## Stock days per hectare

Once the trees are big enough, stock can be returned to the paddock. Identify a suitable paddock of at least 10 hectares (preferably 20–50 a field day on. Stock Owners Cooperative Company, Howick, Natal mlu/ha over 266 days. tsy this was achieved a l6Teoin- crease in (429 mlu grazing days per hectare). Peri-urban dairy systems controls most of the country's improved dairy stock ( Ahmed Milk yield is 1 liter per day, and average land area 0.25 ha per. Animal-Days per Hectare (ADH) or Acre (ADA). Used to denote the volume of forage taken from an area in a specified time. It can relate to either just the volume of feed removed during one grazing of a paddock, or the sum of several grazings of that paddock during a season, giving the total ADH or ADA figure for the season. From our example, a 1250 pound cow-calf pair will consume: 31.25 pounds per day x 30.5 days per month = 953.13 pounds of forage per month. 7. Calculate your stocking rate for your pastures. To bring it all together, we use the same formula as above, except that the forage-consuming equivalency of the standard AUM (animal unit month) is replaced For example, using UK government Livestock Units (LUs) from the 2003 scheme a particular 10 ha (25-acre) pasture field might be able to support 15 adult cattle or 25 horses or 100 sheep: in that scheme each of these would be regarded as being 15 LUs, or 1.5 LUs per hectare (about 0.6 LUs per acre).

## Stocking density (head/ha) refers to the number of stock per hectare on a grazing area or unit at any one time and is usually used to describe the number of stock per unit area in a high-density grazing situation. Identifying and implementing stocking rates

The minimum agricultural activity can be met by the claimant undertaking an average level of stocking of 0.05 livestock units per hectare on all hectares for 183 days in each scheme year. A lower stocking density, in terms of numbers or period, may be acceptable.The claimant must have economic responibility for the livestock in order to meet “If we ramp up grass production, we can stock the farm at higher rates. If 16t/ha of grass is grown, we can carry a stocking rate of three cows per hectare. Grazing days per hectare have massive implications for grass utilisation and milk solids production. The basis of all the grazing capacity zones, quoted as ha/LSU throughout the country, is the fact that the defined large stock unit consumes 10 kilogrammes of acceptable forage per day. This is very nearly 2% of the body weight of a beast weighing 450 kg. is produced every four to five days. At peak growth, all three leaves can be replaced within two to three weeks. But when grass growth is at its slowest, in mid-winter, it can take 30 days to produce one new leaf. The best time for grazing is when the plant is at the two and a half to three leaf stage. Grass growth varies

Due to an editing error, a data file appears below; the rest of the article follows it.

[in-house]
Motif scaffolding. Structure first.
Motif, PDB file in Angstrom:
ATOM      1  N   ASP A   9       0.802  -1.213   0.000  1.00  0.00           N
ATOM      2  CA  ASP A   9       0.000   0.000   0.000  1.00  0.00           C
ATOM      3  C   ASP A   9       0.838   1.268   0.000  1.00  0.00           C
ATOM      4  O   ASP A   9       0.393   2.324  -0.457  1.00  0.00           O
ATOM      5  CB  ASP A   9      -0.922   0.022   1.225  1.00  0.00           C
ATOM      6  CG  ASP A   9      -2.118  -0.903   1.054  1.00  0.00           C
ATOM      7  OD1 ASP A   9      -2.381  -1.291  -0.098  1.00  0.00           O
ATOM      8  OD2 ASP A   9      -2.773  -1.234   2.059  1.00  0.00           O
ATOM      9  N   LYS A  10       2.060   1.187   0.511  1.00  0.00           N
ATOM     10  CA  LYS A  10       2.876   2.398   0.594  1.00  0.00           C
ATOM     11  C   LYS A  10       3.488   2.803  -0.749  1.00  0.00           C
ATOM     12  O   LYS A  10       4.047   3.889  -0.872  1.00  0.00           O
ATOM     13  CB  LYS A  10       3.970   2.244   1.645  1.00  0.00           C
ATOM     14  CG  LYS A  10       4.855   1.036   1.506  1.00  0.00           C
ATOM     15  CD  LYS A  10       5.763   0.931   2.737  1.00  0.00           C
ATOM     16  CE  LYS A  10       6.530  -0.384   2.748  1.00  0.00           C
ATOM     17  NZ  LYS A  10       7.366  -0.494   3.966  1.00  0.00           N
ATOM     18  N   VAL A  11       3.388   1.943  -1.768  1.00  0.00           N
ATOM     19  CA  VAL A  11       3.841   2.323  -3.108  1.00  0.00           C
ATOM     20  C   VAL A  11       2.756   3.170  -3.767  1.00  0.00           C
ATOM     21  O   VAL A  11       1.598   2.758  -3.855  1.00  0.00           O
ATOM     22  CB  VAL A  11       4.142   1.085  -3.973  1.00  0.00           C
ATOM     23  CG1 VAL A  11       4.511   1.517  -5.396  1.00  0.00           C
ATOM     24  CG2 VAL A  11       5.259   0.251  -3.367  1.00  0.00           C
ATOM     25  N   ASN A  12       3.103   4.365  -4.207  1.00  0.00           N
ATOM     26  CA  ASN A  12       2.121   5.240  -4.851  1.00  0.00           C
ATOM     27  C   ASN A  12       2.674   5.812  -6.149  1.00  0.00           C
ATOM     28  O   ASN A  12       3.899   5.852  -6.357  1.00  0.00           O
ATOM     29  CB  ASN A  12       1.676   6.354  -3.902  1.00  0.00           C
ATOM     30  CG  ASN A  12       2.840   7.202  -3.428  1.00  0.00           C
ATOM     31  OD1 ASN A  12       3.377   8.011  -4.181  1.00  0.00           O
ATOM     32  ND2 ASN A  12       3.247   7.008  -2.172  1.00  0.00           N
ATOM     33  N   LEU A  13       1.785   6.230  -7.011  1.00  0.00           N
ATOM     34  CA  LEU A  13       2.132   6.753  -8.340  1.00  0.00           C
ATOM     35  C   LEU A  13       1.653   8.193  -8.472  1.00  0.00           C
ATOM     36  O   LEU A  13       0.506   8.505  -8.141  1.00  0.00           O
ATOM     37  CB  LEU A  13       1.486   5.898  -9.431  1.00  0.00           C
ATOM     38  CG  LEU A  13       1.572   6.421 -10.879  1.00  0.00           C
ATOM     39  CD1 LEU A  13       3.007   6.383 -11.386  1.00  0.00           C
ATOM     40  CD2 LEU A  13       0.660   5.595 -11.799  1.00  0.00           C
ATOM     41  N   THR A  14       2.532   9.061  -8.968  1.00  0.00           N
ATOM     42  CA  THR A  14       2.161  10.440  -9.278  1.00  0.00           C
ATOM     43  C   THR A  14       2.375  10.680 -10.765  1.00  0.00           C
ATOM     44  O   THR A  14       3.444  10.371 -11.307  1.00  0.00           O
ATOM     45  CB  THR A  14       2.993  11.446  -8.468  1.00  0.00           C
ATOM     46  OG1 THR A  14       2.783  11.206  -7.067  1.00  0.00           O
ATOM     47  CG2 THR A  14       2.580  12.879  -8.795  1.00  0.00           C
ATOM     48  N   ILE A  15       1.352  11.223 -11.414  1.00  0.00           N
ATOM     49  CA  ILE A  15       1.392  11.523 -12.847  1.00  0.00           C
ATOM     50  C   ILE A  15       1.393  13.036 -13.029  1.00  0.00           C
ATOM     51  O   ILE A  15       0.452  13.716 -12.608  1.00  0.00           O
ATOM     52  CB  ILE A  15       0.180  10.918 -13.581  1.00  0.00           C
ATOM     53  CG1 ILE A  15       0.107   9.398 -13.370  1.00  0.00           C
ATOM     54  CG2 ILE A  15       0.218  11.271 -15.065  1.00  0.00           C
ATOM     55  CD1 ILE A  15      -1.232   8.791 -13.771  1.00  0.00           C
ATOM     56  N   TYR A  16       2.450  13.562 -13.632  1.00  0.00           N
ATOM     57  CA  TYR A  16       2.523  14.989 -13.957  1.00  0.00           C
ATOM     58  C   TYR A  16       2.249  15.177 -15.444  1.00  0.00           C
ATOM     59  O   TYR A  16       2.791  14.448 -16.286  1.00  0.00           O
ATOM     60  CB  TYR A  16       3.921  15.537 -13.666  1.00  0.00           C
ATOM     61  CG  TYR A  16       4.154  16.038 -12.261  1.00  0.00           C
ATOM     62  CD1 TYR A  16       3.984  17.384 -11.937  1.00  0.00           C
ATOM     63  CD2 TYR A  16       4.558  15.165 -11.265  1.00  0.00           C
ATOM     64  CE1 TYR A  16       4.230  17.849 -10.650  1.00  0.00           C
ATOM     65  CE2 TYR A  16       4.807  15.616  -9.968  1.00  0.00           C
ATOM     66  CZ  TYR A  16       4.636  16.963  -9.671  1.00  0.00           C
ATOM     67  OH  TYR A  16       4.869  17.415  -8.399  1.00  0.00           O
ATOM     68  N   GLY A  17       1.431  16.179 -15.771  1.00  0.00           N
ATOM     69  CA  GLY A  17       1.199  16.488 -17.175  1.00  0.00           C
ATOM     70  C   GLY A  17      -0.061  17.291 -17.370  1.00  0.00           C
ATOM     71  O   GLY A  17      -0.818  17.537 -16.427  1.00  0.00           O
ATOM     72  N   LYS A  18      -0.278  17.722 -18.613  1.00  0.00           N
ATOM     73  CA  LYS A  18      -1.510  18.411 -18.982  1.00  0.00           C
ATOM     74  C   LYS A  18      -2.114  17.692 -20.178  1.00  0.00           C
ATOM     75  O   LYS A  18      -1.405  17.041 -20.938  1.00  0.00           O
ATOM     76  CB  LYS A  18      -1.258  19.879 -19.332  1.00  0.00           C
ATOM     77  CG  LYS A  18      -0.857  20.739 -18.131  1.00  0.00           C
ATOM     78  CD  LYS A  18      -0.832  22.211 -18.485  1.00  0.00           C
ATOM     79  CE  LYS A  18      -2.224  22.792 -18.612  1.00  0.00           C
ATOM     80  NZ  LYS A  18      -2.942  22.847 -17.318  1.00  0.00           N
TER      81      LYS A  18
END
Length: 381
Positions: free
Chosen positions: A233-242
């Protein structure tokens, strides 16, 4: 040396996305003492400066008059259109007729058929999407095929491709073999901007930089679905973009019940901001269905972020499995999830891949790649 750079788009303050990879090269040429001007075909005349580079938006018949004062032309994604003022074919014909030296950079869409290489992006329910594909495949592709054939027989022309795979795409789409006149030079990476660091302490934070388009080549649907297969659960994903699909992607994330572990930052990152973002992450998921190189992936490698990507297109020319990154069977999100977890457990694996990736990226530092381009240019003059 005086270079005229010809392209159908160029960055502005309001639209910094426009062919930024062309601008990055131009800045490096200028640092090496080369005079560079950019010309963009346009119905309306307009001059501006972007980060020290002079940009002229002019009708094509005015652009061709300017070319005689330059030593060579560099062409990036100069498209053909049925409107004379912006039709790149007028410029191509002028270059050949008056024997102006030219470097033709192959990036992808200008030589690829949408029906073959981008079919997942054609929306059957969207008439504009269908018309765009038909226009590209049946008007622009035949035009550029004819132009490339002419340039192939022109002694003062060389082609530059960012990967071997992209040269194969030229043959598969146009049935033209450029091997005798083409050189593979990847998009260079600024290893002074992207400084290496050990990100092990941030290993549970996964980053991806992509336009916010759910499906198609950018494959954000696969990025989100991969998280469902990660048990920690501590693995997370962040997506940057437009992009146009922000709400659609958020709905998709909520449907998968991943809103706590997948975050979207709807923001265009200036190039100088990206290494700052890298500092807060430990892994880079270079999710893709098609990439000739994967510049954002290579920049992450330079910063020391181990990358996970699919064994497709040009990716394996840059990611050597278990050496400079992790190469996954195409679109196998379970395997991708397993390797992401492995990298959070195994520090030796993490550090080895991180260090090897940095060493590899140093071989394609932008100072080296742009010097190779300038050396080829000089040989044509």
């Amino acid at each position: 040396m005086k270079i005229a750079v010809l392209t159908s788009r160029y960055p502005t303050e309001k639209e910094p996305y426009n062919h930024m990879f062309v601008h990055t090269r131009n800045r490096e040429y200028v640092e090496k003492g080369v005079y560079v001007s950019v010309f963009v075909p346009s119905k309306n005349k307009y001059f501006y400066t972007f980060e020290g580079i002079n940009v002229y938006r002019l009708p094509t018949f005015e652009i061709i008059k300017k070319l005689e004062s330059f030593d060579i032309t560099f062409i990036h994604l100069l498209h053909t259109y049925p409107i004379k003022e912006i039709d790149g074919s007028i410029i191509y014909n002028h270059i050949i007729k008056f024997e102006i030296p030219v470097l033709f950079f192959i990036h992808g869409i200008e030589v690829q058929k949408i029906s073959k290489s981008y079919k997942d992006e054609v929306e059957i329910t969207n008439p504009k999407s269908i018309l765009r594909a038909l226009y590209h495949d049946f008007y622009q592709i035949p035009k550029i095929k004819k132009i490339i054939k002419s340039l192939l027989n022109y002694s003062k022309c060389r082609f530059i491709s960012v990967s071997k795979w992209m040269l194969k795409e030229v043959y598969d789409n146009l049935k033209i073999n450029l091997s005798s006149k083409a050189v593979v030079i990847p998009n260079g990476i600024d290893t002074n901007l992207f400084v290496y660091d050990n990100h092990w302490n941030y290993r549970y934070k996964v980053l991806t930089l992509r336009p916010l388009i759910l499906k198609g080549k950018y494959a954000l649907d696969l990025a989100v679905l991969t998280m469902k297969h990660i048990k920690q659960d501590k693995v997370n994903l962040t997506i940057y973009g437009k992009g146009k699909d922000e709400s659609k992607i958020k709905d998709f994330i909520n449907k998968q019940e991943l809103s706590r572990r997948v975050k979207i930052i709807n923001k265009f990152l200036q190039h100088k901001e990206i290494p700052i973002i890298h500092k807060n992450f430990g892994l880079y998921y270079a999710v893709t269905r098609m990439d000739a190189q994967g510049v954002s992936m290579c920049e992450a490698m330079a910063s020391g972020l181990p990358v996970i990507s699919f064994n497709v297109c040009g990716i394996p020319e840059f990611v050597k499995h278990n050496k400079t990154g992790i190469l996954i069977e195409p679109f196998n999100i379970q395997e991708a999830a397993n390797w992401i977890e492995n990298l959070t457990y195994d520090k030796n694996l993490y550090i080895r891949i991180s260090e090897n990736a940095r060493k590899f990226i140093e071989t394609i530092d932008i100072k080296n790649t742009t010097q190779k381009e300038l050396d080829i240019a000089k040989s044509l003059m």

### “It is evident that land condition is presently one of the factors that contributes to the negotiated price for agricultural land. If grazing days per hectare per annum are higher because of the land condition, then the use to which that property can be put will determine its worth.” Higher property prices longer term

We continually monitor & adjust stocking rate according to rainfall. To do this we measure stock days per hectare per 100 mm of rain, having a benchmark which indicates whether we need to increase or reduce stock numbers. The seven points above we regard as the base “rules” for maximising water use efficiency on our farm. “If we ramp up grass production, we can stock the farm at higher rates. If 16t/ha of grass is grown, we can carry a stocking rate of three cows per hectare. Grazing days per hectare have massive implications for grass utilisation and milk solids production. We refer to what one LSU eats in one day as one Stock Day (SD). What one DSE eats in one day is one DSE Day (DD). That can then be calculated on a per hectare basis to give us Stock Days per Hectare (SDH) or DSE Days per Hectare (DDH). We can assess both stocking rates and carrying capacity using this unit of measurement. The minimum agricultural activity can be met by the claimant undertaking an average level of stocking of 0.05 livestock units per hectare on all hectares for 183 days in each scheme year. A lower stocking density, in terms of numbers or period, may be acceptable.The claimant must have economic responibility for the livestock in order to meet “If we ramp up grass production, we can stock the farm at higher rates. If 16t/ha of grass is grown, we can carry a stocking rate of three cows per hectare. Grazing days per hectare have massive implications for grass utilisation and milk solids production.